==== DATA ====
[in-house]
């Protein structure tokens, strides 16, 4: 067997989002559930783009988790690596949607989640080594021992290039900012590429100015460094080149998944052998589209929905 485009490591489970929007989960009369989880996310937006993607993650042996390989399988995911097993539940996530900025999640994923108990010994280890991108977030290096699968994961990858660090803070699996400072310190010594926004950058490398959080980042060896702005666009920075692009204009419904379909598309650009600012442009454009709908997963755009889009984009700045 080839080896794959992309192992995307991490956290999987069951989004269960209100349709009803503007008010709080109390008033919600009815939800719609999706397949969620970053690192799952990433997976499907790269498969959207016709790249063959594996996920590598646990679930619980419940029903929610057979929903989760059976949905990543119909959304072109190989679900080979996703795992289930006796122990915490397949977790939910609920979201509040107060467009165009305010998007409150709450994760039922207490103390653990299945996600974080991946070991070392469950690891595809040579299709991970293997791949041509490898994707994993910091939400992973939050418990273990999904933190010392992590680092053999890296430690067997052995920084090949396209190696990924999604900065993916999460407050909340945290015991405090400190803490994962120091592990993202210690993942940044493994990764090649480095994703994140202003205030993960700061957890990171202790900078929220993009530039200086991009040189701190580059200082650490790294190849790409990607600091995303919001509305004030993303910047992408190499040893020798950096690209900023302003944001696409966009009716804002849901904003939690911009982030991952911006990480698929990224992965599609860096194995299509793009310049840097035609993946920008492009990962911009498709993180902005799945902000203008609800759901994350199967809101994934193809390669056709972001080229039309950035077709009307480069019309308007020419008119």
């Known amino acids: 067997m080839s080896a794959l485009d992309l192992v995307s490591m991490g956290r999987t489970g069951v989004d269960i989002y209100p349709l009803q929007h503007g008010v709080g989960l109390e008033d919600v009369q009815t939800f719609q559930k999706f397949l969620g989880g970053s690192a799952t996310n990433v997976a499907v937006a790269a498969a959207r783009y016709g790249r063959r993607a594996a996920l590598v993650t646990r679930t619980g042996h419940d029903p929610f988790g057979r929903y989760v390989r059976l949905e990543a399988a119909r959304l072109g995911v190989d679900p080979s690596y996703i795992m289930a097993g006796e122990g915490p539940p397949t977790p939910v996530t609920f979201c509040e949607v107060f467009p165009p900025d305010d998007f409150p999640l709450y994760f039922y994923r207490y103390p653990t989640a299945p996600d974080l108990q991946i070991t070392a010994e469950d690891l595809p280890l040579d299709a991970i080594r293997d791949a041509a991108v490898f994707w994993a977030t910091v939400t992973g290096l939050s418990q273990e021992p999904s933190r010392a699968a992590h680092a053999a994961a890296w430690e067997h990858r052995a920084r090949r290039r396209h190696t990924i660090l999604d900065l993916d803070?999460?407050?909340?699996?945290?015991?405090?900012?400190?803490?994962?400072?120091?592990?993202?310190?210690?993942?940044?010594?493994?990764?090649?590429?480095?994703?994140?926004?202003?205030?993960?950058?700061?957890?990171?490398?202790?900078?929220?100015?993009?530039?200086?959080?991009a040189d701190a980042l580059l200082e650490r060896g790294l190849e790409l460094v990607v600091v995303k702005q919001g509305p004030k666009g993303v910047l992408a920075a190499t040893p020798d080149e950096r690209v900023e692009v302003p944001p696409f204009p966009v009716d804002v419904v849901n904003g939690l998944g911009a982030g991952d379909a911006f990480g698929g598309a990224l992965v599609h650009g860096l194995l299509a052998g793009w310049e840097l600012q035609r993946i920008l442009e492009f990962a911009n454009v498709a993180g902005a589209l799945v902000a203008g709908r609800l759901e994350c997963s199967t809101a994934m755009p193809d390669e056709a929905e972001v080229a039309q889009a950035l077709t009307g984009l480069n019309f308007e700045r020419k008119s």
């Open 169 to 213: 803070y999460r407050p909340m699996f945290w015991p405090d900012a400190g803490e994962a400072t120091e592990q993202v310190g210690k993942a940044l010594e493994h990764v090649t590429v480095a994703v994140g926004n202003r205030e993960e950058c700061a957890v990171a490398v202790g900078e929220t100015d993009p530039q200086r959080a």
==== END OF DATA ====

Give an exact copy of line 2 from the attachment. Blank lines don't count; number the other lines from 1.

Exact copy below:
């Protein structure tokens, strides 16, 4: 067997989002559930783009988790690596949607989640080594021992290039900012590429100015460094080149998944052998589209929905 485009490591489970929007989960009369989880996310937006993607993650042996390989399988995911097993539940996530900025999640994923108990010994280890991108977030290096699968994961990858660090803070699996400072310190010594926004950058490398959080980042060896702005666009920075692009204009419904379909598309650009600012442009454009709908997963755009889009984009700045 080839080896794959992309192992995307991490956290999987069951989004269960209100349709009803503007008010709080109390008033919600009815939800719609999706397949969620970053690192799952990433997976499907790269498969959207016709790249063959594996996920590598646990679930619980419940029903929610057979929903989760059976949905990543119909959304072109190989679900080979996703795992289930006796122990915490397949977790939910609920979201509040107060467009165009305010998007409150709450994760039922207490103390653990299945996600974080991946070991070392469950690891595809040579299709991970293997791949041509490898994707994993910091939400992973939050418990273990999904933190010392992590680092053999890296430690067997052995920084090949396209190696990924999604900065993916999460407050909340945290015991405090400190803490994962120091592990993202210690993942940044493994990764090649480095994703994140202003205030993960700061957890990171202790900078929220993009530039200086991009040189701190580059200082650490790294190849790409990607600091995303919001509305004030993303910047992408190499040893020798950096690209900023302003944001696409966009009716804002849901904003939690911009982030991952911006990480698929990224992965599609860096194995299509793009310049840097035609993946920008492009990962911009498709993180902005799945902000203008609800759901994350199967809101994934193809390669056709972001080229039309950035077709009307480069019309308007020419008119």